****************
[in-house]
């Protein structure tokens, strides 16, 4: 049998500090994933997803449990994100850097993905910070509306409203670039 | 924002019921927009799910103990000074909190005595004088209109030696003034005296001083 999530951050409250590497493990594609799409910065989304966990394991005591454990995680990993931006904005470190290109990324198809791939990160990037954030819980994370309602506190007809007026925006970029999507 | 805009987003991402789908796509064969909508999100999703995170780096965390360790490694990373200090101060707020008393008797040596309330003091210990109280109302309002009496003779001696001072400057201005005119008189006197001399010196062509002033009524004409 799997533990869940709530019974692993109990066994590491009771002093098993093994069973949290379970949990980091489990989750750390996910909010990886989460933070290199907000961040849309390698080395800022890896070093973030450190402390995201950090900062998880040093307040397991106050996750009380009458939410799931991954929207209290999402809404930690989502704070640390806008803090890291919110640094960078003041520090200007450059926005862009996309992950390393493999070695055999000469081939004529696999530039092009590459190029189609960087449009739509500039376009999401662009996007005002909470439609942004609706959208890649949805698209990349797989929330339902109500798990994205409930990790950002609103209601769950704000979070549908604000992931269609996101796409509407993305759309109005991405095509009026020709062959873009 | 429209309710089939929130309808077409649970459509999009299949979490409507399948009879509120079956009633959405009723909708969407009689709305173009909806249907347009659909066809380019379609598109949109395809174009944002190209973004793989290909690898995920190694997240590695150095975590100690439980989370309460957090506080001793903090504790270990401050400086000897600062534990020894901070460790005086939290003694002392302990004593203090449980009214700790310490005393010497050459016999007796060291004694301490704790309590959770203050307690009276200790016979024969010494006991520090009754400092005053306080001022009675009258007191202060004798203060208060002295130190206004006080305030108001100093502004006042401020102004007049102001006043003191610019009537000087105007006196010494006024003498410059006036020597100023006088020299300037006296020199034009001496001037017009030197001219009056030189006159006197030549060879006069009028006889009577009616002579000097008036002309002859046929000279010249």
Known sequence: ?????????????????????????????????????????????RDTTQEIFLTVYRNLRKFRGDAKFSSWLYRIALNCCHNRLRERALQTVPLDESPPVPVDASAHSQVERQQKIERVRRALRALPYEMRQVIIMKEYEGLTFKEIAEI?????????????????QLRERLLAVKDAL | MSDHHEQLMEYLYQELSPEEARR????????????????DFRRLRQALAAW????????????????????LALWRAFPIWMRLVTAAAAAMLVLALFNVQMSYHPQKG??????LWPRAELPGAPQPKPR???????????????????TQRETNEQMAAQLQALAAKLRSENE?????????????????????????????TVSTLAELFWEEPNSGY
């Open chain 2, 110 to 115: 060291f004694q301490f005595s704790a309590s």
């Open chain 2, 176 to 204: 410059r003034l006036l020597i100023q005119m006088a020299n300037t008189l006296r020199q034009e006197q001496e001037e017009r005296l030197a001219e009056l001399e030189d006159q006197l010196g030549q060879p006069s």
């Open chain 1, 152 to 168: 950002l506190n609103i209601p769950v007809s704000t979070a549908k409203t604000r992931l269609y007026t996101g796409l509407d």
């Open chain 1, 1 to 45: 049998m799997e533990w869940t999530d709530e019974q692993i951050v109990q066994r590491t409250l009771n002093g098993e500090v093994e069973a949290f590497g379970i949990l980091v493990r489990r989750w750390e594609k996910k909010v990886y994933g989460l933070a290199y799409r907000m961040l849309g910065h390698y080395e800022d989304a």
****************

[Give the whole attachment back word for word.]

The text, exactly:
[in-house]
């Protein structure tokens, strides 16, 4: 049998500090994933997803449990994100850097993905910070509306409203670039 | 924002019921927009799910103990000074909190005595004088209109030696003034005296001083 999530951050409250590497493990594609799409910065989304966990394991005591454990995680990993931006904005470190290109990324198809791939990160990037954030819980994370309602506190007809007026925006970029999507 | 805009987003991402789908796509064969909508999100999703995170780096965390360790490694990373200090101060707020008393008797040596309330003091210990109280109302309002009496003779001696001072400057201005005119008189006197001399010196062509002033009524004409 799997533990869940709530019974692993109990066994590491009771002093098993093994069973949290379970949990980091489990989750750390996910909010990886989460933070290199907000961040849309390698080395800022890896070093973030450190402390995201950090900062998880040093307040397991106050996750009380009458939410799931991954929207209290999402809404930690989502704070640390806008803090890291919110640094960078003041520090200007450059926005862009996309992950390393493999070695055999000469081939004529696999530039092009590459190029189609960087449009739509500039376009999401662009996007005002909470439609942004609706959208890649949805698209990349797989929330339902109500798990994205409930990790950002609103209601769950704000979070549908604000992931269609996101796409509407993305759309109005991405095509009026020709062959873009 | 429209309710089939929130309808077409649970459509999009299949979490409507399948009879509120079956009633959405009723909708969407009689709305173009909806249907347009659909066809380019379609598109949109395809174009944002190209973004793989290909690898995920190694997240590695150095975590100690439980989370309460957090506080001793903090504790270990401050400086000897600062534990020894901070460790005086939290003694002392302990004593203090449980009214700790310490005393010497050459016999007796060291004694301490704790309590959770203050307690009276200790016979024969010494006991520090009754400092005053306080001022009675009258007191202060004798203060208060002295130190206004006080305030108001100093502004006042401020102004007049102001006043003191610019009537000087105007006196010494006024003498410059006036020597100023006088020299300037006296020199034009001496001037017009030197001219009056030189006159006197030549060879006069009028006889009577009616002579000097008036002309002859046929000279010249």
Known sequence: ?????????????????????????????????????????????RDTTQEIFLTVYRNLRKFRGDAKFSSWLYRIALNCCHNRLRERALQTVPLDESPPVPVDASAHSQVERQQKIERVRRALRALPYEMRQVIIMKEYEGLTFKEIAEI?????????????????QLRERLLAVKDAL | MSDHHEQLMEYLYQELSPEEARR????????????????DFRRLRQALAAW????????????????????LALWRAFPIWMRLVTAAAAAMLVLALFNVQMSYHPQKG??????LWPRAELPGAPQPKPR???????????????????TQRETNEQMAAQLQALAAKLRSENE?????????????????????????????TVSTLAELFWEEPNSGY
């Open chain 2, 110 to 115: 060291f004694q301490f005595s704790a309590s």
């Open chain 2, 176 to 204: 410059r003034l006036l020597i100023q005119m006088a020299n300037t008189l006296r020199q034009e006197q001496e001037e017009r005296l030197a001219e009056l001399e030189d006159q006197l010196g030549q060879p006069s």
């Open chain 1, 152 to 168: 950002l506190n609103i209601p769950v007809s704000t979070a549908k409203t604000r992931l269609y007026t996101g796409l509407d």
């Open chain 1, 1 to 45: 049998m799997e533990w869940t999530d709530e019974q692993i951050v109990q066994r590491t409250l009771n002093g098993e500090v093994e069973a949290f590497g379970i949990l980091v493990r489990r989750w750390e594609k996910k909010v990886y994933g989460l933070a290199y799409r907000m961040l849309g910065h390698y080395e800022d989304a």